So, for all of those unexpected injuries and illnesses, we’ll have (services) there 24 hours a day, seven days a week (for) broken bones, beans in ears. One of the incredible services we’ll be adding is a 60-bed, level three neonatal intensive care unit, for premature babies, babies with medical or surgical (needs), private rooms designed for the babies and the family will have space to stay in there.

The neonatal intensive care unit will be adjacent to the post-partum unit. You always want to plan for the what ifs…just in case the baby needs some specialized care. It will create this seamless continuity of care for moms and children.

We also will be adding six operating rooms and two procedural suites. The operating rooms are specifically for children so Phoenix Children’s will operate those. …

The key design principle is all around family-centered care, keeping families is a key part of the care team, creating spaces for them to support them. It’s just this great comprehensive program for both women and their babies and children as they grow.

How will the pavilion differ from the Pediatric Inpatient Unit?

The difference will be in the new Women and Children’s Pavilion, we will also have a wide range of specialists. It will be a broaderrange of services. We offer over 20 subspecialties in the East Valley.

We will be able to work with specialists. The majority of our specialists will actually have most of their time dedicated in the East Valley. Their time is focused on the East Valley. By exception they come down to the main campus. Some of them do highly unique specialized procedures and care.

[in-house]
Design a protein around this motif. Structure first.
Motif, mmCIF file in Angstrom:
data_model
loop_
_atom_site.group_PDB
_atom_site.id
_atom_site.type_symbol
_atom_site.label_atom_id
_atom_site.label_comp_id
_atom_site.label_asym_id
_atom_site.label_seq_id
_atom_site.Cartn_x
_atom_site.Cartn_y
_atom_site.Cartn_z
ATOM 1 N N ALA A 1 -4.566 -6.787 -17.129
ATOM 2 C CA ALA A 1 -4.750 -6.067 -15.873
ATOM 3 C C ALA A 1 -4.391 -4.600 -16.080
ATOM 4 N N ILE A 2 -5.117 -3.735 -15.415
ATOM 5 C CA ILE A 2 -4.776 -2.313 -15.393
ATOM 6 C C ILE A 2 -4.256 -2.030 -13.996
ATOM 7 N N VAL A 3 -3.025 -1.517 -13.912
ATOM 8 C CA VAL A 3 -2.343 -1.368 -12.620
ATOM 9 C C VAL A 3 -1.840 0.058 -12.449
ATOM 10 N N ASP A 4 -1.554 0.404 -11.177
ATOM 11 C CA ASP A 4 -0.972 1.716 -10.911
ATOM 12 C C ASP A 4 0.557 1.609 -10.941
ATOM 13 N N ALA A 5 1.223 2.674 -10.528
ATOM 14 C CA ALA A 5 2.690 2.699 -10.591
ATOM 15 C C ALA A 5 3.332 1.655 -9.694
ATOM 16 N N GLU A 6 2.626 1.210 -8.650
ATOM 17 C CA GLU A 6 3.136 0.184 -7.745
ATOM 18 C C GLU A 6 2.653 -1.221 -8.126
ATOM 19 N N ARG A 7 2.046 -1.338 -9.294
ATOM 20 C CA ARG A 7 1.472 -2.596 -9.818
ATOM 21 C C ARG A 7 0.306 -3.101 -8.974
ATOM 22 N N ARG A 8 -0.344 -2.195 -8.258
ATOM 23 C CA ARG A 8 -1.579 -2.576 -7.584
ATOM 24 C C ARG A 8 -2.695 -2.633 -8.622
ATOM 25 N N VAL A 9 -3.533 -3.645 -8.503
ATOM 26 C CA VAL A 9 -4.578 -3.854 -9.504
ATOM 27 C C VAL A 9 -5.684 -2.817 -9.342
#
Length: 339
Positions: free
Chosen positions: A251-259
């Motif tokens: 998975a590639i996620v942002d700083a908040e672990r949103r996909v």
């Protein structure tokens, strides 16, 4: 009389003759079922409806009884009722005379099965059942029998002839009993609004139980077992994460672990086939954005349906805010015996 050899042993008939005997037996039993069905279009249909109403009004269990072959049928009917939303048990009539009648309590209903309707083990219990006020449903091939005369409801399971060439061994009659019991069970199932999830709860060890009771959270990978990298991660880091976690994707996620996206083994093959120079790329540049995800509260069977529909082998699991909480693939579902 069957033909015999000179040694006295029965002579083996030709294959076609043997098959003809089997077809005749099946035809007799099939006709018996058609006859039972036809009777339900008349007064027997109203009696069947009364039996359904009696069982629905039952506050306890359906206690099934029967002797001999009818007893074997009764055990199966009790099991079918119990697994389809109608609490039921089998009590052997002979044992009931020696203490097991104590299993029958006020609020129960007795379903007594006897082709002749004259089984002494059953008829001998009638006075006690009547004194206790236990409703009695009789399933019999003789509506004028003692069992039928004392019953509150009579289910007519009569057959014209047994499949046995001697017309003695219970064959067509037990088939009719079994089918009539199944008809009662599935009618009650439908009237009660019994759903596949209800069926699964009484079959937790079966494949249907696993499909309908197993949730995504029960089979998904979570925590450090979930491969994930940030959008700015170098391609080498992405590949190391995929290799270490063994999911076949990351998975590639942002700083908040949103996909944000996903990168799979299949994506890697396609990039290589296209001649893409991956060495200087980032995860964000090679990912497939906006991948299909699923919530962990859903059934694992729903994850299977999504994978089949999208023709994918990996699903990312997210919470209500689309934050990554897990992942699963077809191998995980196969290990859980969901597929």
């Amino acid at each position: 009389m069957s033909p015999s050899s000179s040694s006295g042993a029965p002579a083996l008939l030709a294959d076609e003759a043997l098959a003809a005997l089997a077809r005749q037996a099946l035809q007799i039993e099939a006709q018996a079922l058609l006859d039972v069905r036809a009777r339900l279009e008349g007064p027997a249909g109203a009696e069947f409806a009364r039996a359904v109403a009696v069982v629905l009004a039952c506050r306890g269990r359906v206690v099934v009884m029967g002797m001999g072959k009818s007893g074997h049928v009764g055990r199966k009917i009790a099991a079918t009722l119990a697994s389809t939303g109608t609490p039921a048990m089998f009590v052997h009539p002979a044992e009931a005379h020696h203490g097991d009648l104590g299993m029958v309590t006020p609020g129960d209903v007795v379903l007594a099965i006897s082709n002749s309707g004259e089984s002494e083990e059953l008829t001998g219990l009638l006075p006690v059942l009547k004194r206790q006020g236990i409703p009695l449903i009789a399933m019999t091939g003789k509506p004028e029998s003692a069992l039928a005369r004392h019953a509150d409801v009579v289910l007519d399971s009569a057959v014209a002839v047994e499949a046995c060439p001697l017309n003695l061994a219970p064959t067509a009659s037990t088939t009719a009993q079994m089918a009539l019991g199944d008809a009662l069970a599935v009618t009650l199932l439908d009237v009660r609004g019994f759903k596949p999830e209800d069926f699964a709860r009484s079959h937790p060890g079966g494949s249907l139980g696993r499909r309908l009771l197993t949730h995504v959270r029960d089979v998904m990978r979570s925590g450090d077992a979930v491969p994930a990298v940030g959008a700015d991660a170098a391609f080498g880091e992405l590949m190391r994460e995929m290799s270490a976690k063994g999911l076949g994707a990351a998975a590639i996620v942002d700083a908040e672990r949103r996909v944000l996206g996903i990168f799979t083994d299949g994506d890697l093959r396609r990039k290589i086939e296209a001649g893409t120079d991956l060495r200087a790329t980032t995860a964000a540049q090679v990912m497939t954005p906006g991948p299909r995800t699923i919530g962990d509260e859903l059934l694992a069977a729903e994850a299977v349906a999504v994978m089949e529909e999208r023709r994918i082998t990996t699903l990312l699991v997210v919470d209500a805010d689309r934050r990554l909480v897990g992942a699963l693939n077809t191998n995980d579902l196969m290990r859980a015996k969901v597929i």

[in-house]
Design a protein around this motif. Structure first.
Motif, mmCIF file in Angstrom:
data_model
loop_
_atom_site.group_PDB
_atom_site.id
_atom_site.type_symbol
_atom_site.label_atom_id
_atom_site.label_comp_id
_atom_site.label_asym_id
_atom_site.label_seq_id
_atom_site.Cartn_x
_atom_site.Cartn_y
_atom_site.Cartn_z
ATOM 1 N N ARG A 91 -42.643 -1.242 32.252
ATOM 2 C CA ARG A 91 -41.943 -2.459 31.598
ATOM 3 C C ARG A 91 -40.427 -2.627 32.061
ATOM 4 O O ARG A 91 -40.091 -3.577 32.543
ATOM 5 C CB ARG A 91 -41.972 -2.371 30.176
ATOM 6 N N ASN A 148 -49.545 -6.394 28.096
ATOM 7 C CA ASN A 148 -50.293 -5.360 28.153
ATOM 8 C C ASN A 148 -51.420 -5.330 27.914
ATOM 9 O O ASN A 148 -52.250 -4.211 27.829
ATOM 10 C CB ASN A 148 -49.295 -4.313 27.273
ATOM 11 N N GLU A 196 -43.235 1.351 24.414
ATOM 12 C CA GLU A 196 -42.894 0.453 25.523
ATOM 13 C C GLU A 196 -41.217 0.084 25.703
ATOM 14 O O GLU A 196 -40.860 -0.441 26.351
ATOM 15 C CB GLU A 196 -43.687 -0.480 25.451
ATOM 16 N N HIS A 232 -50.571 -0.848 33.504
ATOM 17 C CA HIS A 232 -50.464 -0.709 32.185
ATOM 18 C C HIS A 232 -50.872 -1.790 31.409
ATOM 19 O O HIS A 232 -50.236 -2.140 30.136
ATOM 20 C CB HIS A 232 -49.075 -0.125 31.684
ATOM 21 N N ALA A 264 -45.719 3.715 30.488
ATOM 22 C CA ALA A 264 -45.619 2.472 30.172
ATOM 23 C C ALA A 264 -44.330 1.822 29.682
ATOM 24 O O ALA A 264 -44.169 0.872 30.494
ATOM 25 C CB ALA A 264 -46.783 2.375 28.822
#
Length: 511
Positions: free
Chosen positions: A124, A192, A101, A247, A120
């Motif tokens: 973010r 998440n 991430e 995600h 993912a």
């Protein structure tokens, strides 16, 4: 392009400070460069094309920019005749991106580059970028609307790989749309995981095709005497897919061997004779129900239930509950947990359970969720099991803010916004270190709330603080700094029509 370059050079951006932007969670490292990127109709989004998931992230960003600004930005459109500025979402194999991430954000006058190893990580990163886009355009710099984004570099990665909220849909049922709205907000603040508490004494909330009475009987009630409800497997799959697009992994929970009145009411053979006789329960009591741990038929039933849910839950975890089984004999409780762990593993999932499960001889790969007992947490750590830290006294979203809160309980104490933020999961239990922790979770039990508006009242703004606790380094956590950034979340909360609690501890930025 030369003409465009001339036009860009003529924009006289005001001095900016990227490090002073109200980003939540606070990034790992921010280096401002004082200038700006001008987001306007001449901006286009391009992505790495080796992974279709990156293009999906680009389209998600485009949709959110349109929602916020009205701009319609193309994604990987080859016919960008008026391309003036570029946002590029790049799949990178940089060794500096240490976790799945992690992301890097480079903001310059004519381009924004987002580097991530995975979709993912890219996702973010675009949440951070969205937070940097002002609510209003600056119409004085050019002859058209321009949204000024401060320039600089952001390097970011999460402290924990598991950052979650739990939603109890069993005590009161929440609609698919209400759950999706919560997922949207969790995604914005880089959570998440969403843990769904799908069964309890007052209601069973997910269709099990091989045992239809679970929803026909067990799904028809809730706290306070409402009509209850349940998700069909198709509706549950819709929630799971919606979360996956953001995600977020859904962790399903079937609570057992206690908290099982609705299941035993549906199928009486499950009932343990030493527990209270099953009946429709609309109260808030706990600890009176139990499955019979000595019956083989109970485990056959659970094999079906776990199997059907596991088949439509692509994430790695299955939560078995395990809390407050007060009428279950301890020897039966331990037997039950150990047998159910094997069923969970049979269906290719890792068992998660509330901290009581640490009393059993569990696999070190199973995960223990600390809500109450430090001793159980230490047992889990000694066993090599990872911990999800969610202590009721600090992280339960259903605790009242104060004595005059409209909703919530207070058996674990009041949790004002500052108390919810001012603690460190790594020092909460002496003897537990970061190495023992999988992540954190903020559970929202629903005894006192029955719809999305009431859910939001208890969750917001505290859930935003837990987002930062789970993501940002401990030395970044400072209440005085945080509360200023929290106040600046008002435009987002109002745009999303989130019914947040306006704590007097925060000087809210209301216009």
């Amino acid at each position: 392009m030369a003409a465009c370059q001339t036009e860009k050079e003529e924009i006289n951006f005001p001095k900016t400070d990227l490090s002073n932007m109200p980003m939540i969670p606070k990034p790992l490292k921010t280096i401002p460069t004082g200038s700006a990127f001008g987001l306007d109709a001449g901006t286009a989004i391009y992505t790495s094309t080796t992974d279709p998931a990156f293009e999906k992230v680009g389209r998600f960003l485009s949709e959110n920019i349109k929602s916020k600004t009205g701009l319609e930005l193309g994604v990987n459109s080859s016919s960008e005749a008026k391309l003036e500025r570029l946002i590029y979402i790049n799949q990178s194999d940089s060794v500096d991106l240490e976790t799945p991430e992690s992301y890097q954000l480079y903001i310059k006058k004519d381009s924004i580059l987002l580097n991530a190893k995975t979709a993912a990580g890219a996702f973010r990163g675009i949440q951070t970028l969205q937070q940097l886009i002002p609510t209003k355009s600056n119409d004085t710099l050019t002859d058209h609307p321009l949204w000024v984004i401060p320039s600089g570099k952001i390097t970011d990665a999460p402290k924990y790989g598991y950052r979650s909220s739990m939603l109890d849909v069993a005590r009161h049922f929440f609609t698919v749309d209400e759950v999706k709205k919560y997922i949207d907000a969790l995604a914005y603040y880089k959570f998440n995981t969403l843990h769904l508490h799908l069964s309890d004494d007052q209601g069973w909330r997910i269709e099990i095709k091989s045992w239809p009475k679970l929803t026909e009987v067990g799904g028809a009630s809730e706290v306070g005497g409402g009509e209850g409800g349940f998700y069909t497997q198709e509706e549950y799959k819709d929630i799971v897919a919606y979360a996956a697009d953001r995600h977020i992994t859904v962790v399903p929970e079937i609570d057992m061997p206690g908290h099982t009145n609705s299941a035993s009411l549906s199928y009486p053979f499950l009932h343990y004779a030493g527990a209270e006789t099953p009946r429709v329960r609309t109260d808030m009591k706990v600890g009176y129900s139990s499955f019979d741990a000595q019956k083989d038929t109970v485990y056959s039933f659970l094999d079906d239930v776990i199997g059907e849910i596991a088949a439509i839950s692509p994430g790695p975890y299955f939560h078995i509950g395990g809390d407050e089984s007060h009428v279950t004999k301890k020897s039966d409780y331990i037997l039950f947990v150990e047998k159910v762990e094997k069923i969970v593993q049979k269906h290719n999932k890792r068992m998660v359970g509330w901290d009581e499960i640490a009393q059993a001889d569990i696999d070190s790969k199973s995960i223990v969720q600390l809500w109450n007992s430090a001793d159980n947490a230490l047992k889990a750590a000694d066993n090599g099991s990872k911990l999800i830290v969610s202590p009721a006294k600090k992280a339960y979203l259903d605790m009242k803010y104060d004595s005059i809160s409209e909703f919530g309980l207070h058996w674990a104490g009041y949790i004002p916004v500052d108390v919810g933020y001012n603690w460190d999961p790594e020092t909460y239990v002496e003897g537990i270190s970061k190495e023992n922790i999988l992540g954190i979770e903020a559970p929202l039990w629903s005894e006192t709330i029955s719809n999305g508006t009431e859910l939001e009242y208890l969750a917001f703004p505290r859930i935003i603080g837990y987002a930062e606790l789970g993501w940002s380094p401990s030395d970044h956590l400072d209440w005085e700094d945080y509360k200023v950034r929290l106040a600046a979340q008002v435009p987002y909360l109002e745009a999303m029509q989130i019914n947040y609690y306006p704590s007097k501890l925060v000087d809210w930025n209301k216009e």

What types of medicine/treatment are most needed in the region?

The population growth in the East Valley has really just been astounding. The majority of that growth has been for young families. We know that easily accessible, high quality care lends itself to healthier communities and overall wellness.

That was really the catalyst for Phoenix Children’s growing in the East Valley. We need comprehensive services right there in the backyard.

What advice do you have for any expecting mothers?

When I was pregnant with my twins, I think to understand where the best service is available, planning for the what ifs, if your child would need specialty care, as they’re making decisions about where to go.

There are different classes and things like that. Mercy Gilbert offers a wide array of courses for families to learn, everything from how to care for a newborn, car-seat safety. Finding a pediatrician that aligns well with you and the East Valley is blessed with many wonderful physicians.

Having a great pediatrician partner is building that relationship so at any point in your pregnancy they identify any concerns.

What are some recent advances in technology and treatment for healthcare for women’s and children’s treatments?

The ability to identify abnormalities or potential healthcare needs of the babies when they’re in utero.

We have a phenomenal (pediatric) radiologist at Phoenix Children’s who does fetal MRIs, to help mothers understand, being able to early on identify any challenges or needs that babies may have so there is no delay in care when they are born. We will have pediatric imaging in the new Women’s and Children’s, as well.